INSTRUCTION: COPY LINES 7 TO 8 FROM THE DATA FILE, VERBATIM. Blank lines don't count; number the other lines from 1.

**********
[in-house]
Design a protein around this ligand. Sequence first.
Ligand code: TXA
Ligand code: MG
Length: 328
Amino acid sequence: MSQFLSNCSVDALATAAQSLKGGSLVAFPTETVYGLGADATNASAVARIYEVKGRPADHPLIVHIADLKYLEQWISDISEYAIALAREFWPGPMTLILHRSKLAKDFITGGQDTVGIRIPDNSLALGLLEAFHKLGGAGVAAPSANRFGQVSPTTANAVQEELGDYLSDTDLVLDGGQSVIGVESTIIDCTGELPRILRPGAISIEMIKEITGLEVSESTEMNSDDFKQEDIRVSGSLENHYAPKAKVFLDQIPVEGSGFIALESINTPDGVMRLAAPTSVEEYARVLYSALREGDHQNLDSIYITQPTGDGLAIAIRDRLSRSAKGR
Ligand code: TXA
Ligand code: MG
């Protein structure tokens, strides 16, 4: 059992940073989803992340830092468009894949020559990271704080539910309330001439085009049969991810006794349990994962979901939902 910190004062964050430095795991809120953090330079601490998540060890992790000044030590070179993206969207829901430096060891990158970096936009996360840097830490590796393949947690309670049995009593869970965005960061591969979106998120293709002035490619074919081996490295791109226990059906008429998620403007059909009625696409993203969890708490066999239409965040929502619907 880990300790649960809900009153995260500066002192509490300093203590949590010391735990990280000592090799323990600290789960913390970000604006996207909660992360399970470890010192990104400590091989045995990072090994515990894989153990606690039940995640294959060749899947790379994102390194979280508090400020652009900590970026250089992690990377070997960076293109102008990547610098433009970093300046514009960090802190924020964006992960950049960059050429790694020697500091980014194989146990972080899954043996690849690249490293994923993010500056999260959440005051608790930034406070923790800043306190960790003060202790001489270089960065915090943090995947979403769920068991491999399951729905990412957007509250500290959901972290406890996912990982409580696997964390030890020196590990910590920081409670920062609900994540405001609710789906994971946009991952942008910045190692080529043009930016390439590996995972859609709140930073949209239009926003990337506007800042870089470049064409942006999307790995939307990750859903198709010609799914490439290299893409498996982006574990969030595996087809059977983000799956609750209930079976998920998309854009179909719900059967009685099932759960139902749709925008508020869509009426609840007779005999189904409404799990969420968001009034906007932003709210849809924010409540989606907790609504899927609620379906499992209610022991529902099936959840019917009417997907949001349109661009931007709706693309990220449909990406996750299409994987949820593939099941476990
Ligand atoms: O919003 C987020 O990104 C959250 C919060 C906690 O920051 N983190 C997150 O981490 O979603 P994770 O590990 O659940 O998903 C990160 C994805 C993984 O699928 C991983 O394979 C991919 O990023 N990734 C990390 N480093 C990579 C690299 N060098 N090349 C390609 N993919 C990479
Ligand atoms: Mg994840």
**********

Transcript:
Ligand code: TXA
Ligand code: MG